Getting married marks one of the most important and emotional days of your life. For a lot of couples, getting married comes as a decision inspired by a variety of factors. It’s not uncommon to transform a long-term relationship with a wedding because you hope to simplify your administrative and financial life. Some couples also choose to officialize their relationship with a wedding, virtually bringing their love to the next level. Besides, a marriage is a milestone that also marks the beginning of something new, such as a family. However, even though getting married is a beautiful choice for couples, it also is a stressful event. According to Zola’s study, almost 100% of engaged couples are stressed out about their wedding plans. A whopping 71% argue that getting married is one of the most nerve-wracking things they’ve faced in their lives.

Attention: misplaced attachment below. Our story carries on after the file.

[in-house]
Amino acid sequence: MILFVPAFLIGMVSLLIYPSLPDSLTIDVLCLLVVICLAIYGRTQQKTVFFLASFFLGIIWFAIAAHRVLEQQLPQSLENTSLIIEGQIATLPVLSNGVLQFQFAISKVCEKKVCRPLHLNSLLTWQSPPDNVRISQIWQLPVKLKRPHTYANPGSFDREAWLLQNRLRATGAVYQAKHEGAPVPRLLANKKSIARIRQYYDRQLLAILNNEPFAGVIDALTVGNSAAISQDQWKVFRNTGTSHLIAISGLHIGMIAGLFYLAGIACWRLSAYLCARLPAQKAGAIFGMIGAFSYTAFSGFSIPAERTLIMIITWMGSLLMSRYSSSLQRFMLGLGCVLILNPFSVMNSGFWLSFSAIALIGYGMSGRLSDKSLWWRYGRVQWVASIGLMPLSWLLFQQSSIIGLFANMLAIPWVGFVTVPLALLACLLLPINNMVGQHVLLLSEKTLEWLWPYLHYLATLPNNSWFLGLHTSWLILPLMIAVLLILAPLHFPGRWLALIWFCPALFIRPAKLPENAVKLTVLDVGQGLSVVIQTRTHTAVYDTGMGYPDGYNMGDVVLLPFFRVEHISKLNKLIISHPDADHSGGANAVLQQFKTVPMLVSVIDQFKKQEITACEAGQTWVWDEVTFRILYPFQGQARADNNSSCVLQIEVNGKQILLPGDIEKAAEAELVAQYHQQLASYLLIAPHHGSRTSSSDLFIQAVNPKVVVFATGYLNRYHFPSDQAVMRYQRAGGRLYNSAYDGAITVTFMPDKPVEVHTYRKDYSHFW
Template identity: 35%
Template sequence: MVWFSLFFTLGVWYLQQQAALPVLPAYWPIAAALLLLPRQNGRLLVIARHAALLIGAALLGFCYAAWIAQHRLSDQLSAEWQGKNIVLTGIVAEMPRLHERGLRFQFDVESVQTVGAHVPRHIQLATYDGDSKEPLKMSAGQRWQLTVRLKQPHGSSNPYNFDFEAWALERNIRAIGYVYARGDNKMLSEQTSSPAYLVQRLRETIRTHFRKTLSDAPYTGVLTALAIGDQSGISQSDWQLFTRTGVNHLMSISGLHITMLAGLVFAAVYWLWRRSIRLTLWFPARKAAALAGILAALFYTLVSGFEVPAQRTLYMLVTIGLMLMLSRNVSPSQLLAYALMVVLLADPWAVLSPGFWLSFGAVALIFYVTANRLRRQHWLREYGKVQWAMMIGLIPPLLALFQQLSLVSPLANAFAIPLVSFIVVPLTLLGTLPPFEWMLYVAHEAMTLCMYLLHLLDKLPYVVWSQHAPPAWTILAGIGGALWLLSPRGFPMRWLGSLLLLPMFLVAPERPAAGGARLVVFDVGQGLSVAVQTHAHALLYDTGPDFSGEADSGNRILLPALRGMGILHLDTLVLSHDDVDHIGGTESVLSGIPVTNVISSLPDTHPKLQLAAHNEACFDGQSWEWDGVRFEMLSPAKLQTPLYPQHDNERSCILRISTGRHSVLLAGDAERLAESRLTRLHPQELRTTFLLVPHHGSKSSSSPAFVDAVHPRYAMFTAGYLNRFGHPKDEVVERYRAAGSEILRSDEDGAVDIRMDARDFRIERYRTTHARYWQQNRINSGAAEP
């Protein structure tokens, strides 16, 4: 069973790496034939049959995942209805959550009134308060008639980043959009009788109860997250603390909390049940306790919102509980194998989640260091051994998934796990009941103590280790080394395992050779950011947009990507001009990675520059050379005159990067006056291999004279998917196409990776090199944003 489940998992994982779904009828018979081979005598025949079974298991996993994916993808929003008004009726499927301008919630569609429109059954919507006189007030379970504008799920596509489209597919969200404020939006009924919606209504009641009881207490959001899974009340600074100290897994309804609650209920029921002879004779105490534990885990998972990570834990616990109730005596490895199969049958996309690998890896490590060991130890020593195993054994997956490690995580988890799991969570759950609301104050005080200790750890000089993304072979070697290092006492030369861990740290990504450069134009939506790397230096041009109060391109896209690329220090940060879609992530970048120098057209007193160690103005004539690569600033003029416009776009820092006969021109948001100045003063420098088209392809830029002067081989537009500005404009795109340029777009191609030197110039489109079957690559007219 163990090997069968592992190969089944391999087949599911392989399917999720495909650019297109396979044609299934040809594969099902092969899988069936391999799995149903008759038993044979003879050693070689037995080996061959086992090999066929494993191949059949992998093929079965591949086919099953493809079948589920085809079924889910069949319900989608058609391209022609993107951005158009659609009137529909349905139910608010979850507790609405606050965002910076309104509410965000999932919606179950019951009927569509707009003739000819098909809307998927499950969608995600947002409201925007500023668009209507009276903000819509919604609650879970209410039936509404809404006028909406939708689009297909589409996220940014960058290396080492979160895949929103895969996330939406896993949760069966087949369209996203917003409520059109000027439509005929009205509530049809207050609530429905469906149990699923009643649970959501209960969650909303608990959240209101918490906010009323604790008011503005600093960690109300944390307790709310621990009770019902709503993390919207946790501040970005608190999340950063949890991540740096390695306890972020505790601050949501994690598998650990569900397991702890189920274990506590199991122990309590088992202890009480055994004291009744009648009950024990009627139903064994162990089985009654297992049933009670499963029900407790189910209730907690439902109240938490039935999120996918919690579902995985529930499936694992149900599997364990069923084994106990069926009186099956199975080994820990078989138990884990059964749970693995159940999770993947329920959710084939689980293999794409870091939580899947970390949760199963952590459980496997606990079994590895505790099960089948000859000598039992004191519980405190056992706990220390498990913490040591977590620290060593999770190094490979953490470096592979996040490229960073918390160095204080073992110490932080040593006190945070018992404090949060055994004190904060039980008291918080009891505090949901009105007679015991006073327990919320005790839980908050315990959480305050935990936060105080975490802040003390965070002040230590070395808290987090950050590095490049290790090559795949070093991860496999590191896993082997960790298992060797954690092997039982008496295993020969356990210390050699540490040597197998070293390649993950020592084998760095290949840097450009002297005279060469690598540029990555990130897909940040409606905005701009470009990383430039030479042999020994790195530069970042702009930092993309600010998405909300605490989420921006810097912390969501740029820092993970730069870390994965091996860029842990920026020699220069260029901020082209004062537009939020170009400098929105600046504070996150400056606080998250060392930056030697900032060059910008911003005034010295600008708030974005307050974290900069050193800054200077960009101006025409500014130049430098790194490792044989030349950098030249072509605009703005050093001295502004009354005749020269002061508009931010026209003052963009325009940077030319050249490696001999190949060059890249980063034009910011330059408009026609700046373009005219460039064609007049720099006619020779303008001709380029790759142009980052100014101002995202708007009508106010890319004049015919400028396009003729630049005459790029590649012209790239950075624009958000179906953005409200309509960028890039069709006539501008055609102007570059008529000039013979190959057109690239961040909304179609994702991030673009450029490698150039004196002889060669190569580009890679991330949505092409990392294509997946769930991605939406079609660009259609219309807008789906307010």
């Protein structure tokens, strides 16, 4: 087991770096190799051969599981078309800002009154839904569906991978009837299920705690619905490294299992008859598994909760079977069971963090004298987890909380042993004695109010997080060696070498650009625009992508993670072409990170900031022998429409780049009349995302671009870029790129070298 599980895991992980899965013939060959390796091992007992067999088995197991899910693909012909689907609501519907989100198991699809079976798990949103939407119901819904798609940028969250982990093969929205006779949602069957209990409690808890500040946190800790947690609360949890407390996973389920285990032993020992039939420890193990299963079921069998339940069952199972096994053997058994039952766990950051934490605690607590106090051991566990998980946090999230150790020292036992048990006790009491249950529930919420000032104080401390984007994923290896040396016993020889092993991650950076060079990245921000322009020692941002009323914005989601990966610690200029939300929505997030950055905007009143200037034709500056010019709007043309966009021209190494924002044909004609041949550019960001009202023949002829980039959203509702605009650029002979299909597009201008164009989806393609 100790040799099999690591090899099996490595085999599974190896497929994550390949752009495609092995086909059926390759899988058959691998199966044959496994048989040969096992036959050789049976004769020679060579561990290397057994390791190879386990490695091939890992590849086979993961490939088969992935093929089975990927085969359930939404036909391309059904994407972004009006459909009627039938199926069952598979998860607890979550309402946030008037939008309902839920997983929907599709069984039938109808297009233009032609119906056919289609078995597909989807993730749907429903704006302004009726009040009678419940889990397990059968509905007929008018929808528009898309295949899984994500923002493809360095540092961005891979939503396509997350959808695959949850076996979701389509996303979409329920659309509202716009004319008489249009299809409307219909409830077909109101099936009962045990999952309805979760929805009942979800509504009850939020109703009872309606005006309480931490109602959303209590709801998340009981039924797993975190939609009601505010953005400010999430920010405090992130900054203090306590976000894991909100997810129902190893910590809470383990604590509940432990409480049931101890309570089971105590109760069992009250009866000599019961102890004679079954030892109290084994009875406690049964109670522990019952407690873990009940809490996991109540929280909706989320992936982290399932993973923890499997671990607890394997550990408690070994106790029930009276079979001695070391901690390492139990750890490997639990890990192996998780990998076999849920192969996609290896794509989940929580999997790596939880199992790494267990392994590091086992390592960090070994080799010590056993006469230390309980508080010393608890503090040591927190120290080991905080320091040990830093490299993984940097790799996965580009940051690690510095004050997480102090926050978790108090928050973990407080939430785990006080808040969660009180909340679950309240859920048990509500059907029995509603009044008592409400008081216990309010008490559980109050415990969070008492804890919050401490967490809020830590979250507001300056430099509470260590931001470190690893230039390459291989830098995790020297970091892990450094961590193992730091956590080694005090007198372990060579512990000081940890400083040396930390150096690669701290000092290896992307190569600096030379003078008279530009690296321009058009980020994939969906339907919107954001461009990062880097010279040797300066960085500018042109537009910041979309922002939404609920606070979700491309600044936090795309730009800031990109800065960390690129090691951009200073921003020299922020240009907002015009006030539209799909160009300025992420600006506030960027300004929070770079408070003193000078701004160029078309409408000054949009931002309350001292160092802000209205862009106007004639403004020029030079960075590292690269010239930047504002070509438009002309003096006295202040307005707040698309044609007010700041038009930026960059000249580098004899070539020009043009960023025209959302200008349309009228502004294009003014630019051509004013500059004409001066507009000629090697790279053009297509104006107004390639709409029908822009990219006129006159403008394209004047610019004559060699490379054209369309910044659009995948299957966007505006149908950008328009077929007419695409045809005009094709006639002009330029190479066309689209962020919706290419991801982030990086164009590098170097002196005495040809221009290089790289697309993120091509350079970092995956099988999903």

Why are we so stressed about weddings, when ultimately it should be an uplifting and positive experience. Getting married to the love of your life is a beautiful thing to celebrate. But, for too many of us, the drive to have a “dream wedding” can be overwhelming. Of course, there is a lot to organize and arrange before the big day. Yet, your expectations of a dream wedding and what it should mean can get in the way. You may be surprised to know the pursuit of the dream wedding is, in all likelihood, the cause of your anxiety. Here is a thought to consider: What if you took the time to question what you want from your big day and throw a meaningful wedding reception that reflects your values?
Does a party have to be big to be joyful?